The Assessment of Task-Dependent Manual Laterality in Second Grade Students
1Department of Neurosciences, Imaging and Clinical Sciences, University "G. d'Annunzio" of Chieti-Pescara, Chieti, Italy
2Department of Medicine and Aging Sciences, University "G. d'Annunzio" of Chieti-Pescara, Chieti, Italy
Keywords: Handedness, tablet PC, asymmetry, fine coordination, grapho-motor skills, gender differences
Objective: This study was aimed to evaluate the task-dependent manual laterality during fine coordination and grapho-motor tests in school children.
Materials and Methods: We used two action tests (transitive and intransitive) to assess fine coordination skills and a tablet PC to assess number of strokes, pressure, speed and quality in a figure-tracing skill test, among 20 school children (12 girls and 8 boys) of second grade (7-8 years old).
Results: Two-way RM-ANOVA (side × gender) revealed better values in the transitive task on the dominant side (p<0.05), a lesser number of strokes in girls (p<0.001), especially on the dominant side, and higher pressure and better quality on the dominant side (p<0.001). We also found correlations between speed and strokes ratios (r=-0.684), speed and quality ratios (r=0.627), stroke and quality ratios (r=-0.440), and pressure and stroke ratios (rho=-0.395).
Conclusions: Findings showed that functional asymmetry was prominent in complex tasks and in tasks related to practice, such as tracing. Gender differences were also involved. Finally, children were shown to use specific motor strategies to accomplish coordination and grapho-motor tasks with the non-dominant hand.
The handedness development, in the framework of dominance and laterality, is a complex process; some authors refer to a "multiple trajectories" model (1), with an early Role-Differentiated Bimanual Manipulation (RDBM) over the first two years (2) and a stabilization throughout the late toddlerhood and the pre-school period. However, the consistence of the motor dominance throughout the lifespan and the associated factors are still unclear (3).
The differences in the hands are early expressed with the orientation that each hand adopts during a task, rather than in the ability to accomplish the motor task (4). Thus, the nature of the task and the exposure to specific activities can provide a framework for understanding the coordinative differences between the two hands.
A complex interaction of early life factors may direct hand selection, but the predictive role of those factors (e.g; family status and educational context) on motor development is minimal and there remain to be clarified other hidden factors and the course of their interaction over the life-span (5). From this point of view, the understanding of fine coordination, in the relationship with the handedness, needs to be improved to better clarify the motor control of a contingent task.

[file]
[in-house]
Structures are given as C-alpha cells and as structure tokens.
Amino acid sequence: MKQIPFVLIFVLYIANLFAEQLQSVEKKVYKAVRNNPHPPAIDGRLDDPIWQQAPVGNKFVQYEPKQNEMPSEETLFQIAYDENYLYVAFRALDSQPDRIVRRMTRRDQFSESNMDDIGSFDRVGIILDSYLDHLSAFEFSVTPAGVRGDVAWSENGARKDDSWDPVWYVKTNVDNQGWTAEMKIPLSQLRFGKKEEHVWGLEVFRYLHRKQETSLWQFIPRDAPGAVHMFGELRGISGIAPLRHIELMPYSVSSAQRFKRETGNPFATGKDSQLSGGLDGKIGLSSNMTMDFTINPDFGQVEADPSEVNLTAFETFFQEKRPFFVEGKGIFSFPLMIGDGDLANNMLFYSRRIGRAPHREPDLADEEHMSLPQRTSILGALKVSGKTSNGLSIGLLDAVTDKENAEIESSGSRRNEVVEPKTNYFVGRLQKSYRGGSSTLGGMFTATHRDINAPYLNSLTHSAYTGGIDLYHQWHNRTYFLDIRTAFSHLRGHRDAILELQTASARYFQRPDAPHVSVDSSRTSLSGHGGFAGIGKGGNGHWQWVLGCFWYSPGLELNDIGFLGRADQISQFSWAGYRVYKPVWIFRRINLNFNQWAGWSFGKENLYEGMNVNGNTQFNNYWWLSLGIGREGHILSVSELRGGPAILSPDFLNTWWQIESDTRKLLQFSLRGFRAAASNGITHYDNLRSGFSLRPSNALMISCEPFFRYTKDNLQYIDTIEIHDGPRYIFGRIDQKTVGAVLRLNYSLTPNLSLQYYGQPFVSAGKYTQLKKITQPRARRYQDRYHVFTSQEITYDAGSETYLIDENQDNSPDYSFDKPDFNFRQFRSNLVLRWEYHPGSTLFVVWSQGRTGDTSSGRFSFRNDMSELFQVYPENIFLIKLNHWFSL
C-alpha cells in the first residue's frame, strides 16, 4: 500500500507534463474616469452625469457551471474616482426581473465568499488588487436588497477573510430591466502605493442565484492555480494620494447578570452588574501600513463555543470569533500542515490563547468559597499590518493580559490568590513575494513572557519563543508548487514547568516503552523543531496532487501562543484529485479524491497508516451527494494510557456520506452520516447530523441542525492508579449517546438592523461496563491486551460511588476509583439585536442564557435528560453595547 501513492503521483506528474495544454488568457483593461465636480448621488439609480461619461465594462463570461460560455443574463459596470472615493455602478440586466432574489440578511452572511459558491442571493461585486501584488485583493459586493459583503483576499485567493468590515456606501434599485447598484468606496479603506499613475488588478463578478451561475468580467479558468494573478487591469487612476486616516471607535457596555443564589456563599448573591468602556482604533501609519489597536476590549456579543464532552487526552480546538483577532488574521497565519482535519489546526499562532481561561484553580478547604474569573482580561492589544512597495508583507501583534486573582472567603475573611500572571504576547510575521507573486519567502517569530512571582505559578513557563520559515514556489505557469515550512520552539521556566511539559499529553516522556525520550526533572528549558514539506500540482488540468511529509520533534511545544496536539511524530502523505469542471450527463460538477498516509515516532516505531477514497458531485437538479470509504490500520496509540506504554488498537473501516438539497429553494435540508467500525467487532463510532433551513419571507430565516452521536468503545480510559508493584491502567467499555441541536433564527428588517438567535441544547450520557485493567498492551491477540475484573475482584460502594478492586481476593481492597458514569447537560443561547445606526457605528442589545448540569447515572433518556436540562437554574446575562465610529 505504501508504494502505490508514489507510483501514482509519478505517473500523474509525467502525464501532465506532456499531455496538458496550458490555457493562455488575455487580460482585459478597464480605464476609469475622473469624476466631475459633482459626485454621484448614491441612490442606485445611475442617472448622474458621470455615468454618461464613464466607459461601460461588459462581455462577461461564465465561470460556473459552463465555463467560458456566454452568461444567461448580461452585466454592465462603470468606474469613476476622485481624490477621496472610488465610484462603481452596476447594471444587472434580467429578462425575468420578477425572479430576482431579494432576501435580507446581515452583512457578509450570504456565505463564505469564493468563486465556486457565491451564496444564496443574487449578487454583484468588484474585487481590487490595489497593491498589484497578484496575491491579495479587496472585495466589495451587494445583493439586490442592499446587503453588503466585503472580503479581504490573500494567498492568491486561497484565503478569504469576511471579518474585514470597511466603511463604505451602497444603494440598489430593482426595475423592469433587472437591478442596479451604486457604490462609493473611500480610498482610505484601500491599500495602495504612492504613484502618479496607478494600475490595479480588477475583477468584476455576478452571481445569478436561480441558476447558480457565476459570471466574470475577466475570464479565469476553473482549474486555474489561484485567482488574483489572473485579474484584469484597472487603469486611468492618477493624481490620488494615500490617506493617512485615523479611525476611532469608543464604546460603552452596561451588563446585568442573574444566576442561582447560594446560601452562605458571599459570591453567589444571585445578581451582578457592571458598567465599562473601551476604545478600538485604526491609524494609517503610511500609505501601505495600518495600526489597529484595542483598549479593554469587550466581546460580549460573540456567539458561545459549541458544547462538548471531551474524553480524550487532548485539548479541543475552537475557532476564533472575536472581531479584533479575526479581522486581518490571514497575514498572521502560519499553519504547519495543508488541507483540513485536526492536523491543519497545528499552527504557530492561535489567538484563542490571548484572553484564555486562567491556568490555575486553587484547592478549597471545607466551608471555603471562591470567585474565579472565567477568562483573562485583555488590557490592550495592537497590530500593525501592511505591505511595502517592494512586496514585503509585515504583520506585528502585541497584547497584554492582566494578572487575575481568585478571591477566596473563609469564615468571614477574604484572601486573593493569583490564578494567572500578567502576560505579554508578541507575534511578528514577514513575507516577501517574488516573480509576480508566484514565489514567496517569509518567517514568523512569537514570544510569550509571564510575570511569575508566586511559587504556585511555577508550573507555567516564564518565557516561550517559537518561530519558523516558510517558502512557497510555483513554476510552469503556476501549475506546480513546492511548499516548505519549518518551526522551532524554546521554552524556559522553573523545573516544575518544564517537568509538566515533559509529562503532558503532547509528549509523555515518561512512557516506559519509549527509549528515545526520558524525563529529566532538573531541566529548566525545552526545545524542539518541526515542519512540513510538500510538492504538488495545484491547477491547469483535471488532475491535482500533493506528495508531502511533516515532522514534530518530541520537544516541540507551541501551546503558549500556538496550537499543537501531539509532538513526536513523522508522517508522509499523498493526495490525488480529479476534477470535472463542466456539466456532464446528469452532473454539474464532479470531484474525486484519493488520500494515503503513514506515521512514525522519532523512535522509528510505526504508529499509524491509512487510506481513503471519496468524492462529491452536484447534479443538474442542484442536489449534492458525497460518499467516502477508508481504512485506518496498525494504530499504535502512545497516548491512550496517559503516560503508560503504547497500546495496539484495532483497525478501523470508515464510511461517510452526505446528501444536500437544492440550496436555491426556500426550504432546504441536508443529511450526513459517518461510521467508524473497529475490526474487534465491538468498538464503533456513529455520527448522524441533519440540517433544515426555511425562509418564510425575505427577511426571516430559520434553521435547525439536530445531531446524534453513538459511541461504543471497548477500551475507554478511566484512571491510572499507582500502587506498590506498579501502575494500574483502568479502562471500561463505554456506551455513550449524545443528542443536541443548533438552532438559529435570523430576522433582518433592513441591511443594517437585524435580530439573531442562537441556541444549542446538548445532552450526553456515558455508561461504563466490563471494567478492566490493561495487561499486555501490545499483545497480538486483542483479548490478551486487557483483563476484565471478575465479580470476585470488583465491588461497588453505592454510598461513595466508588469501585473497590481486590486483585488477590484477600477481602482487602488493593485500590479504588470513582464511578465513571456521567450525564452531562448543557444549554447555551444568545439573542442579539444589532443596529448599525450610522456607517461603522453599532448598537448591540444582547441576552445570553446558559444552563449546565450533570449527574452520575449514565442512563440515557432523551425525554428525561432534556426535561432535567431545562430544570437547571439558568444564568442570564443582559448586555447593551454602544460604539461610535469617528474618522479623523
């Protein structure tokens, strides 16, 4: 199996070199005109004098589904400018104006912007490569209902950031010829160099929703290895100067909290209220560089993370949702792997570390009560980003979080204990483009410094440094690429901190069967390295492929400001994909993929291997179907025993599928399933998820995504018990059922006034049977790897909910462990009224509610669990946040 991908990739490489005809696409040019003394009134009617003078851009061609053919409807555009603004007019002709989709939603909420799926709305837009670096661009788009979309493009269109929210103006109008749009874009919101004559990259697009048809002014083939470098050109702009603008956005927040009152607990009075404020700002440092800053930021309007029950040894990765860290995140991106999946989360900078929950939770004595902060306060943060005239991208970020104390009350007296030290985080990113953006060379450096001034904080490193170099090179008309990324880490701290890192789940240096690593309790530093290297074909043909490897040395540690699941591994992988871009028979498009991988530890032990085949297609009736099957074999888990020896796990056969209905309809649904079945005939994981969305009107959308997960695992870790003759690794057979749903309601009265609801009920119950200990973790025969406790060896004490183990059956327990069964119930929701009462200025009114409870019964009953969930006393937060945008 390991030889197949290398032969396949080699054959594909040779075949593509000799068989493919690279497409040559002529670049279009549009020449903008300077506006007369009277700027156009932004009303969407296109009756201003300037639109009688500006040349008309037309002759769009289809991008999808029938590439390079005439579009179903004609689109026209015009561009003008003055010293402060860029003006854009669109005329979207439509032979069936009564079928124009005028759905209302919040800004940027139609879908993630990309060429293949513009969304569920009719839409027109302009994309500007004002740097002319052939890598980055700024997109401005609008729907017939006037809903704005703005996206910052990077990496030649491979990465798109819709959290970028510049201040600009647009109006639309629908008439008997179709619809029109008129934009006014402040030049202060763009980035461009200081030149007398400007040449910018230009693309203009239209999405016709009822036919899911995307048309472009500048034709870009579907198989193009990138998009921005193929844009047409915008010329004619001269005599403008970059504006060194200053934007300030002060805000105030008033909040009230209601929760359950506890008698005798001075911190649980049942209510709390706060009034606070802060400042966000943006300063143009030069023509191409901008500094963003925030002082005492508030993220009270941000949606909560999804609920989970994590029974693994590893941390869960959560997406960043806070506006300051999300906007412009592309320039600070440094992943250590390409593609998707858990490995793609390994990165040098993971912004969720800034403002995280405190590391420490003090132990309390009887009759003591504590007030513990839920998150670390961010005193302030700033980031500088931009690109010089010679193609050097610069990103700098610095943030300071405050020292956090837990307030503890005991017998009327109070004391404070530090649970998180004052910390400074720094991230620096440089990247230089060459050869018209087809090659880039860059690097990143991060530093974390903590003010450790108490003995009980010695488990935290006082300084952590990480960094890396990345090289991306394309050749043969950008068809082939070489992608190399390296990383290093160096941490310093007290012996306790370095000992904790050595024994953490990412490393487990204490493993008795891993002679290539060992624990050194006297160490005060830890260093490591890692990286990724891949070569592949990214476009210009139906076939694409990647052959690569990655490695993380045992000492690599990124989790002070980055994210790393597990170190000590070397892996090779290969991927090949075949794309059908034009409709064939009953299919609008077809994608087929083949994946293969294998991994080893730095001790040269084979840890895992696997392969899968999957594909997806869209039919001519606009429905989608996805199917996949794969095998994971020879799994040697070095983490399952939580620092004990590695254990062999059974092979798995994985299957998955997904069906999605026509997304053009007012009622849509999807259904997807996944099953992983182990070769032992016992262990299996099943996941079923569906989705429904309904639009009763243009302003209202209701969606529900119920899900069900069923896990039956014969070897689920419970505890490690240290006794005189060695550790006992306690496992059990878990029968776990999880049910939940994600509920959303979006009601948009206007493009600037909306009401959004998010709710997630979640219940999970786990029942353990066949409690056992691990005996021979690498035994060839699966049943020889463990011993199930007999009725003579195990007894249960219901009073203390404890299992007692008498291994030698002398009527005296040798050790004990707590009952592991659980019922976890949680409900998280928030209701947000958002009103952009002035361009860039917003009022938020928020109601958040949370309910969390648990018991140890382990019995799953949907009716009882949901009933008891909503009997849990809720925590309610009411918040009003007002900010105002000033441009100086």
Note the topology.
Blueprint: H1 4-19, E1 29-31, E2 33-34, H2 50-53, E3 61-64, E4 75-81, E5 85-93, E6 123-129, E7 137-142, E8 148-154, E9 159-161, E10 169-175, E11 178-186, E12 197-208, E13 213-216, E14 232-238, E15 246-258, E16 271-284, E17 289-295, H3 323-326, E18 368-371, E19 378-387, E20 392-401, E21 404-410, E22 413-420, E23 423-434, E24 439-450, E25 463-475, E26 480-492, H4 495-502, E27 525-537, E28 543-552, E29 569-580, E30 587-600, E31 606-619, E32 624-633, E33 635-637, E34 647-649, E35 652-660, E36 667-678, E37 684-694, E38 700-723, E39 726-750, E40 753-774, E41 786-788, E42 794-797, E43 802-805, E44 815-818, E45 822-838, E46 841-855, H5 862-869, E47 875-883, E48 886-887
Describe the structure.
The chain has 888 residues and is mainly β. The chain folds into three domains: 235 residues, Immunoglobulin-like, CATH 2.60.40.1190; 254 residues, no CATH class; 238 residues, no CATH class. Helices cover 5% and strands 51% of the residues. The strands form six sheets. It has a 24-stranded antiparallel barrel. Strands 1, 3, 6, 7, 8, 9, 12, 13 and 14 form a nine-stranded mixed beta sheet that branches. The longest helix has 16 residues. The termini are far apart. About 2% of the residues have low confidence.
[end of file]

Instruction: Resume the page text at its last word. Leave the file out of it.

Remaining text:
Assessment of fine and gross motor skills is a big research field (6) and the wide spectrum of coordinative skills is a fundamental topic in the studies on motor development, with emerging attention on the use of modern technological devices. Axford et al. affirmed that the use of tablet devices could reduce the development of fine motor skills, but that we could use them to obtain improvements in learning with an adequate educational context (7).
The applications of modern technology can also be used in the assessment of writing and tracing skills (8), a field that has been widely studying the domain of fine coordination. Drawing, tracing and writing are grapho-motor skills, i.e. the result of an integrated input from visual and motor modalities during small scale and precise movements; the other clusters of fine motor skills are dexterity, related to the manipulation of small objects, and speed-dominated skills, related to the simple and likely repetitive movements (9).
The fine interplay between fine and grapho-motor skills, as well as fitness performance and athropometrics, is still a debated topic in motor behavior studies (10-13). Grapho-motor skills are acquired throughout the pre-school period and are consolidated during the early stage of scholastic experience, however, the links between specific motor skills and different grapho-motor performances, especially in terms of developmental trajectories, have not yet been sufficiently clarified (14).
Thus, in the present study we wanted to evaluate the differences between the dominant and non-dominant hand in different fine coordinative tasks, by the means of modern technological devices, taking into account the framework of task-dependent manual laterality, testing children in an early consolidation stage on the scholastic course. We included anthropometric and fitness data, by the means of common indexes and a running test, to provide a wide description of our children.
Finally, we aimed to provide a framework for further studies in this field.
Material and Methods
We recruited initially 22 children from a 2nd grade of a primary school in Italy (mean age=7.2 y, no student repeating the year). We decided to exclude a child with a certificate of disability and a child with a left manual dominance. The final sample was comprised of 12 girls and 8 boys. The study was approved by the Ethics Committee of the “G. d’Annunzio” University of Chieti - Pescara (n. 254/2017). The study ethics was approved by Italian Olympic Committee (CONI). Permission was obtained by the school administration and informed consent was signed by the parents of the children. The study conformed to the Declaration of Helsinki.